Recent statistics reveal that the average student loan debt for Americans under age 30 in 2012 is almost $21,000. The nation’s student loan debt keeps rising without college students understanding the risks involved. While student loans seem like easy money to a young college freshman, there are some critical points to consider. Most students expect to have a job offer upon graduation, but what if there is no job available? This is a grim reality for many recent college graduates in today’s economy.
The unemployment rate for Americans age 20-24 is two thirds higher than the rate of the entire American population. Many companies are giving jobs to the older, more experienced applicants. Additionally, the average starting salary of recent college graduates has decreased. A student might get into a situation where he or she cannot afford a $400, or even $200, monthly student loan payment. Finally, student loans cannot be discharged in bankruptcy. So, if your financial situation gets really rough and you have to file bankruptcy, you will still have to pay back those student loans. The only situation where student loans do not have to be paid back is upon your death.
So how exactly can you graduate college with no student loan debt? Most students do not believe that is possible, or they believe that the only way to avoid student loans is to be the perfect student and get a full college scholarship. However, there are many ways to reduce the cost of college and to save money, so student loans do not even have to be considered.
Start Working Early
The first step a high school student can take to start saving for college is to start working as soon as possible. It does not matter if you are flipping hamburgers at McDonald’s or delivering newspapers, any job that will allow you to save money will work well. Even though you may not make much money, every little bit helps.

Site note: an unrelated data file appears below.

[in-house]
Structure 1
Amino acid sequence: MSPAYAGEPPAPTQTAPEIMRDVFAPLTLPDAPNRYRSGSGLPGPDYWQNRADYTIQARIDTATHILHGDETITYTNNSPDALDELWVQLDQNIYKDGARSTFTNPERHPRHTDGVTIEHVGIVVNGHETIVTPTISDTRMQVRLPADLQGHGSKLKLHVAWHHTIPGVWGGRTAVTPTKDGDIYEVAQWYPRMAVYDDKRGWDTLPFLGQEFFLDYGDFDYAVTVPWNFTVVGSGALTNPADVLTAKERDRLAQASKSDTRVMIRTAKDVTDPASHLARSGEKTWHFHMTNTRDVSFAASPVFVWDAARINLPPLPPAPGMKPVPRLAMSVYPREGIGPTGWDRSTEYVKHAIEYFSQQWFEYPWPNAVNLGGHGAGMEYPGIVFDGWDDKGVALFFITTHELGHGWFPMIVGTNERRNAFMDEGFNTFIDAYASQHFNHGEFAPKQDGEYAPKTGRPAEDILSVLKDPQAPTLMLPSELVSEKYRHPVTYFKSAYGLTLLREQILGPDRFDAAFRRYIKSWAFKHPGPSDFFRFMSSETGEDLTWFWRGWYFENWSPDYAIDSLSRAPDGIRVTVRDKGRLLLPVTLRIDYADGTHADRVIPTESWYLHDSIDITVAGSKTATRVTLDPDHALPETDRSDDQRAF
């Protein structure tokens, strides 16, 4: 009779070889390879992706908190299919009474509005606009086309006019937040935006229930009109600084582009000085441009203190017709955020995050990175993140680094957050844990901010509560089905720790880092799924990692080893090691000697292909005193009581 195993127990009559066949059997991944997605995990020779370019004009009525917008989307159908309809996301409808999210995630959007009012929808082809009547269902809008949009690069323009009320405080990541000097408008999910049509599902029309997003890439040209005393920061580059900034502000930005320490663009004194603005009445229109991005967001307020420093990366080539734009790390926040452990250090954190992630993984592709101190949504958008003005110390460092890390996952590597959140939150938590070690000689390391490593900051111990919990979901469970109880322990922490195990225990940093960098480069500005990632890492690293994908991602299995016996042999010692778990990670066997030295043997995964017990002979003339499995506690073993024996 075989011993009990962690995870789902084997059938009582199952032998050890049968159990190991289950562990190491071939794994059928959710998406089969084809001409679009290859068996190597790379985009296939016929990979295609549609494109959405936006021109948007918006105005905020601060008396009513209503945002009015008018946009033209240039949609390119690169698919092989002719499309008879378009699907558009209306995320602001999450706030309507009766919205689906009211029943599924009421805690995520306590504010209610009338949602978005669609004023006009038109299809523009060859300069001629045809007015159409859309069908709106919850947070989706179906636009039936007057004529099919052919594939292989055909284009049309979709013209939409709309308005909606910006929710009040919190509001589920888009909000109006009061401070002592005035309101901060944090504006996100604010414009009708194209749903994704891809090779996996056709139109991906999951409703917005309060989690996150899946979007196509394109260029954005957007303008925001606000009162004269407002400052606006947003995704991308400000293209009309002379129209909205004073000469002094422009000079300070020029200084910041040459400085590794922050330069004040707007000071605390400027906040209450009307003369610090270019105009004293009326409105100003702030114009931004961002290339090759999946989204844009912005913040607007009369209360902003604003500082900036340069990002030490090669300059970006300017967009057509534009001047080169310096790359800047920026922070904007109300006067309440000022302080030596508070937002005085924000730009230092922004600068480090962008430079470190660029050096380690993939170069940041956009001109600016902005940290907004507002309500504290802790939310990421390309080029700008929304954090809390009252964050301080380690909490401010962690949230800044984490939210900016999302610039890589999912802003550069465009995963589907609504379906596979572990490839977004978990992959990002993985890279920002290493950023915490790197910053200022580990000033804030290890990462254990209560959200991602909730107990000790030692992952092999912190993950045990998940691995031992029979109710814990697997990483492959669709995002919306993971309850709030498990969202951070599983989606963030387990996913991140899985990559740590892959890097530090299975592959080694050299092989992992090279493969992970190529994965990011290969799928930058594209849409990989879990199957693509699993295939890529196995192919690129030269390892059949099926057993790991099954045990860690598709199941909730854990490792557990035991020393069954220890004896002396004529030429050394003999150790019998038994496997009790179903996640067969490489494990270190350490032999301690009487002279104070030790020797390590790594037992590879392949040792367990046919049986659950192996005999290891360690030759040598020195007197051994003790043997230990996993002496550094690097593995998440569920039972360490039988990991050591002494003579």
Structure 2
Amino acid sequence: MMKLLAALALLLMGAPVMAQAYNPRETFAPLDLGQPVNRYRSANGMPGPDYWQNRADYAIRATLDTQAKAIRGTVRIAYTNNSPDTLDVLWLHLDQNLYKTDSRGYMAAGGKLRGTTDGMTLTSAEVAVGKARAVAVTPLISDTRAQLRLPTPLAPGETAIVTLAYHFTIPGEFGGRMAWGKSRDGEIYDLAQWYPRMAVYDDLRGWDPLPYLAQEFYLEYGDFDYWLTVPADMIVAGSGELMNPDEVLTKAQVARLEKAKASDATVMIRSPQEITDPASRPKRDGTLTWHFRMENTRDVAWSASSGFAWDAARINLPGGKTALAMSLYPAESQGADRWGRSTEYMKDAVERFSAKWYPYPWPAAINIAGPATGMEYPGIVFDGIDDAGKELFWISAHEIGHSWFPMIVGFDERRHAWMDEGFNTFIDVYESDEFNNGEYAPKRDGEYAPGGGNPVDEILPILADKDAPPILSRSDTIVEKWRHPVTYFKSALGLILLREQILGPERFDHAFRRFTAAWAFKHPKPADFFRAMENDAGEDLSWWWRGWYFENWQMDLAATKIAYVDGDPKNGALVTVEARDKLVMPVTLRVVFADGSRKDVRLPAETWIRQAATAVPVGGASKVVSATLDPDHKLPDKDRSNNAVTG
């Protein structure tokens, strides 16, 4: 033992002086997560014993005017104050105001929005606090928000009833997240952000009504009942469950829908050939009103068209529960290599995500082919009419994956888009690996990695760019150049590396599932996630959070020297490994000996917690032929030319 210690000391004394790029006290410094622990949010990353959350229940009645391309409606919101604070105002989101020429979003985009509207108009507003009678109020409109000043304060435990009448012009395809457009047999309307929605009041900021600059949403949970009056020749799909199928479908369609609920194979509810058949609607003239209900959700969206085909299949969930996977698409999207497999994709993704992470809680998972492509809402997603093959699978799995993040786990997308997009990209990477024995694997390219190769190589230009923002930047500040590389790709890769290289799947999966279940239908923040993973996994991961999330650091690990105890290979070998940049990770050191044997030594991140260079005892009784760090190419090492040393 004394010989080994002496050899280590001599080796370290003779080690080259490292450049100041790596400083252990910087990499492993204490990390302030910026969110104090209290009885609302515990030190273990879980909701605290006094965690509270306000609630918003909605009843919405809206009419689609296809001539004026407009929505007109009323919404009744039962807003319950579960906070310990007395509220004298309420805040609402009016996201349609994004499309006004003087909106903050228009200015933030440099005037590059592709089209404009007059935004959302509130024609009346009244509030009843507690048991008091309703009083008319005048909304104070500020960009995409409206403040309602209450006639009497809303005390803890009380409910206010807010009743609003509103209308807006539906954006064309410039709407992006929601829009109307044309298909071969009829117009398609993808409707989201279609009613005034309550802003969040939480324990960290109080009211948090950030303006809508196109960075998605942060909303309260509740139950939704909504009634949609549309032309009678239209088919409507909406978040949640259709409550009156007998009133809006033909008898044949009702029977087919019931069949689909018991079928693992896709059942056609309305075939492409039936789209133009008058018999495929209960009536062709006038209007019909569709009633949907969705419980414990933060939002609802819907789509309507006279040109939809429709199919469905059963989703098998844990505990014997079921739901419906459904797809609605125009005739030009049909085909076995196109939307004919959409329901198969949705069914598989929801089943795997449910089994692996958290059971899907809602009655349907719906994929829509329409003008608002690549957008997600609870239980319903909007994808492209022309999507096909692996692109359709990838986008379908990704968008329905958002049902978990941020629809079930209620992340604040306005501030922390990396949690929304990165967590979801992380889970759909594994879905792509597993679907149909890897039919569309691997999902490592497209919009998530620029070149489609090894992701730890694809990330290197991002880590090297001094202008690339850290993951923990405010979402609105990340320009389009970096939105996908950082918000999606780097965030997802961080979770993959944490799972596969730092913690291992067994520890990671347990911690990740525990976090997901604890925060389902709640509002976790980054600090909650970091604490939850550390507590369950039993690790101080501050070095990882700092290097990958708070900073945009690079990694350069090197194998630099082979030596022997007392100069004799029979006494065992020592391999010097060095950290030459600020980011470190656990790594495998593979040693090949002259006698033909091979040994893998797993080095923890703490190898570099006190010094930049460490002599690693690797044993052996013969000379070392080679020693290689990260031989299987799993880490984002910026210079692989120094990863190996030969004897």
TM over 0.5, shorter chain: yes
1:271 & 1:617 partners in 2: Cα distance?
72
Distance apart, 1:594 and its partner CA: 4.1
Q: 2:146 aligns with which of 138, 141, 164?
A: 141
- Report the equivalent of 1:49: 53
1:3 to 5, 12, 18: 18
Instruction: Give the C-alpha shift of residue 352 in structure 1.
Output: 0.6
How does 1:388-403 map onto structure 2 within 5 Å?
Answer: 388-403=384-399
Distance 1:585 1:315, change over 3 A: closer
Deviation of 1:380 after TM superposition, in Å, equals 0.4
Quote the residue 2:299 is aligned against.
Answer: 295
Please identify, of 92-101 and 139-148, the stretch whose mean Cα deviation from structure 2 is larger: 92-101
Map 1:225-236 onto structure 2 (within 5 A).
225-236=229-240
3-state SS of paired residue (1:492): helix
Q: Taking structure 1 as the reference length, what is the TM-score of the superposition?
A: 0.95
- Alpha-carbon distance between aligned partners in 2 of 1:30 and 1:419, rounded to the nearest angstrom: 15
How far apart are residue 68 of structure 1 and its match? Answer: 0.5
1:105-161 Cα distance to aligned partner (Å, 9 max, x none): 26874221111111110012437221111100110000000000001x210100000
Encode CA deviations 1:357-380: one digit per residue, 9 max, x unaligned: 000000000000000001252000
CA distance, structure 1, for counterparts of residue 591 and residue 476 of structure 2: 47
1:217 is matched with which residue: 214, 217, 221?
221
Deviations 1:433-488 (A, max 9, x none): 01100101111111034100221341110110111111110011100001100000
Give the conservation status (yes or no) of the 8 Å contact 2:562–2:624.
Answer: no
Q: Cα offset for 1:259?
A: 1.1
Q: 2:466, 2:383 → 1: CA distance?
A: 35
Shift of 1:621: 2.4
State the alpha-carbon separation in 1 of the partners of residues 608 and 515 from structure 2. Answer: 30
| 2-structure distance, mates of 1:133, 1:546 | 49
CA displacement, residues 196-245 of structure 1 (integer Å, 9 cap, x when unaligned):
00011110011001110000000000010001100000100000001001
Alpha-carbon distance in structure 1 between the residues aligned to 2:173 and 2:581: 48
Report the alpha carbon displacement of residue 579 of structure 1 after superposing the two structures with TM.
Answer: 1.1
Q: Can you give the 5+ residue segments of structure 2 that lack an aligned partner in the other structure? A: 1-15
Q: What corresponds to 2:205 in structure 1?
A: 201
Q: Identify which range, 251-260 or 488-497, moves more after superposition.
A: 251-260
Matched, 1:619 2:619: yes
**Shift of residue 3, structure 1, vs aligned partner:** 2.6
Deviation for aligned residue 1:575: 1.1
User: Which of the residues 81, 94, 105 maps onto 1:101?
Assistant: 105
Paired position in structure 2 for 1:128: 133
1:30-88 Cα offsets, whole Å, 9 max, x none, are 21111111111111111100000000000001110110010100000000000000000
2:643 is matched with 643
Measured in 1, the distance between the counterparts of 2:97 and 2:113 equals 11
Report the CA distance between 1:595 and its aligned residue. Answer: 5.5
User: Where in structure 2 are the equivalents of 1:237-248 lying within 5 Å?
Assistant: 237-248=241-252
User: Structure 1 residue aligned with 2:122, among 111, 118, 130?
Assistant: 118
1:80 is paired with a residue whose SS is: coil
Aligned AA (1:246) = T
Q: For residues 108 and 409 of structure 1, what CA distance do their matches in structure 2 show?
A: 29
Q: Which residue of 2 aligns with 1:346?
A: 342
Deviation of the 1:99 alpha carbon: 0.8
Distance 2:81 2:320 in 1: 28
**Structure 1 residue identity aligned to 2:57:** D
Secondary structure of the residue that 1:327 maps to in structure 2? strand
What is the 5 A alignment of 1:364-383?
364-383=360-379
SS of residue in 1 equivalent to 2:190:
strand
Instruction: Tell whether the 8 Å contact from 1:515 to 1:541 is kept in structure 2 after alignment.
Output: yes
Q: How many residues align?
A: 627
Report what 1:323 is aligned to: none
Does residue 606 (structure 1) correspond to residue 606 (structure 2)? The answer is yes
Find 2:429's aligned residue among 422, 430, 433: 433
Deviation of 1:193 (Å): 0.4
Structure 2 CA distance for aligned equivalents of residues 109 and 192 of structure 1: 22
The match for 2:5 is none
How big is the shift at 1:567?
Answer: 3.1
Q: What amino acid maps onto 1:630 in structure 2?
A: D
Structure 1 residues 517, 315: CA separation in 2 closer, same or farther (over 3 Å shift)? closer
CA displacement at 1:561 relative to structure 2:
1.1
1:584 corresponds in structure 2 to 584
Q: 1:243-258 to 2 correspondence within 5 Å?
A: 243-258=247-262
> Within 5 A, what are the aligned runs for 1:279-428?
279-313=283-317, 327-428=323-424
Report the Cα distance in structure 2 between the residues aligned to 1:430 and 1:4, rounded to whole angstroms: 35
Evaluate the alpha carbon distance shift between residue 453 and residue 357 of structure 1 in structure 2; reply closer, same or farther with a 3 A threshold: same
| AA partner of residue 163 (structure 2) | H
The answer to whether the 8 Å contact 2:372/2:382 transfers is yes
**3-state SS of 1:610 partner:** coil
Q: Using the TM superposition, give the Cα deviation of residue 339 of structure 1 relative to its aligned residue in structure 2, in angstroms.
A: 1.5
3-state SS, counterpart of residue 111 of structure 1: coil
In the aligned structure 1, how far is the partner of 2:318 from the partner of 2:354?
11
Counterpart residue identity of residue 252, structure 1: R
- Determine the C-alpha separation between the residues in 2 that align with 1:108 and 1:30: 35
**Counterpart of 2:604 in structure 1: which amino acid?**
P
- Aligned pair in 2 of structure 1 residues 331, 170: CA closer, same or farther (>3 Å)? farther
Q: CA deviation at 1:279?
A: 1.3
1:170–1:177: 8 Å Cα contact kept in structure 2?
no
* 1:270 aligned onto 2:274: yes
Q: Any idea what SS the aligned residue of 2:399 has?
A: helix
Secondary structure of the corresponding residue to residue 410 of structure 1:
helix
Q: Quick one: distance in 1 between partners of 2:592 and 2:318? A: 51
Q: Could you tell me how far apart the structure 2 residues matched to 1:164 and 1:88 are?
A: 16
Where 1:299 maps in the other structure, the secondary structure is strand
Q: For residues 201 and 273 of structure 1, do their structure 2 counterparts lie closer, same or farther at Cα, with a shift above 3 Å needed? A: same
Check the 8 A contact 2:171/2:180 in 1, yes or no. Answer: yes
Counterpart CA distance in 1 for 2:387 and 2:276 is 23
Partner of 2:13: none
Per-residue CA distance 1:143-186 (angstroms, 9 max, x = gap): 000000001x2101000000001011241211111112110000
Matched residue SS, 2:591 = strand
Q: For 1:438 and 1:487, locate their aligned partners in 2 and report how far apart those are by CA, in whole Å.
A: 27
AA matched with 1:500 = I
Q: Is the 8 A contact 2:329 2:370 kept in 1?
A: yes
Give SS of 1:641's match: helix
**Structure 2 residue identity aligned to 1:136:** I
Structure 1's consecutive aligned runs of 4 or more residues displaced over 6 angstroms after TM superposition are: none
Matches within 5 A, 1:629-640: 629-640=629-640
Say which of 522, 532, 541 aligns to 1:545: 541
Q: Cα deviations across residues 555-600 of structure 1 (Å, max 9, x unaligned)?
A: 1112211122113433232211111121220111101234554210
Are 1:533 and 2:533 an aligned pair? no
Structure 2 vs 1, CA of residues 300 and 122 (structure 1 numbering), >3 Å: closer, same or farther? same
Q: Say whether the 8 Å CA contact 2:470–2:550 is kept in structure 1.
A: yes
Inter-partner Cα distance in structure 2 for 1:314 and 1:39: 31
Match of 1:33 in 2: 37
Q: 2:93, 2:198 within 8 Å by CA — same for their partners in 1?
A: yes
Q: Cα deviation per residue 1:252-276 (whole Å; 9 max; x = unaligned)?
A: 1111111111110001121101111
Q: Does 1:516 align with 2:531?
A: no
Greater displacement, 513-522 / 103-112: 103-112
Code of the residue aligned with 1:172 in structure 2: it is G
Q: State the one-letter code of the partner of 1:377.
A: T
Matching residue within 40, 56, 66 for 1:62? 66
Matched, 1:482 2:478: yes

Start Saving Early
Save, save, save! Try and save as much as possible, whenever you can. Implement a percentage that you save out of every paycheck or monetary gift you receive. While in high school and not living on your own, you should be able to save at least 50% of your income. Grandma sends you $100 for your birthday? Sock $50 away into your savings account for college. Pretty soon, these small amounts of money will add up to a significant chunk of change.
Apply For Scholarships
As a high school student and as a college student, apply for every single scholarship for which you qualify. Even if you do not think your chances are good, apply anyway. Who knows, maybe everyone else thought their chances were not good either and they didn’t apply.
Consider community college for your first two years of college. Community college is significantly cheaper than four-year colleges and universities, and they offer the basic classes you need anyway. Once you get to a four-year institution, then you can take the more specialized classes for your major.
Work during College
Every student in college has the capability to work while in school; many students just simply choose not to work. It is quite easy to at least work part time while taking college classes. Every college and university offers on campus jobs to students, many of which do not require much effort. You can even do your homework and study at some jobs, for example, as a computer lab monitor. If you are really tight on cash, consider working full time and going to school part time. It will take longer to finish college, but at least you won’t be a college graduate with a huge student loan payment and no job.
Join the Military
This suggestion is not for everyone, but another suggestion is to join the military. For the student that would enjoy the military, this is a perfect opportunity to get college paid for completely. Many military programs will pay for you to go to school and require some military training throughout your college years, and you will be an officer when you graduate.
Consider a Co-Op
Finally, an often-overlooked solution to avoid student loans is to join your college or university’s co-op program. In a co-op, a student typically goes to class for one or two semesters, then works full time for a semester, goes to class again, and the cycle continues until graduation. This is a very helpful way to save a large amount of money to pay for your tuition. Companies that participate in co-ops typically pay more than companies that hire part time workers. If a student implements at least some of these suggestions, he or she should be able to save quite a bit of money for college and graduate debt-free.
Jessica Bosari is a freelance writer and blogger for various publications and her own blog. You can read more of Jessica's work here. If you have any comments or questions about SavingTools.com or about saving money, leave your comments in the form below or email firstname.lastname@example.org. Thanks!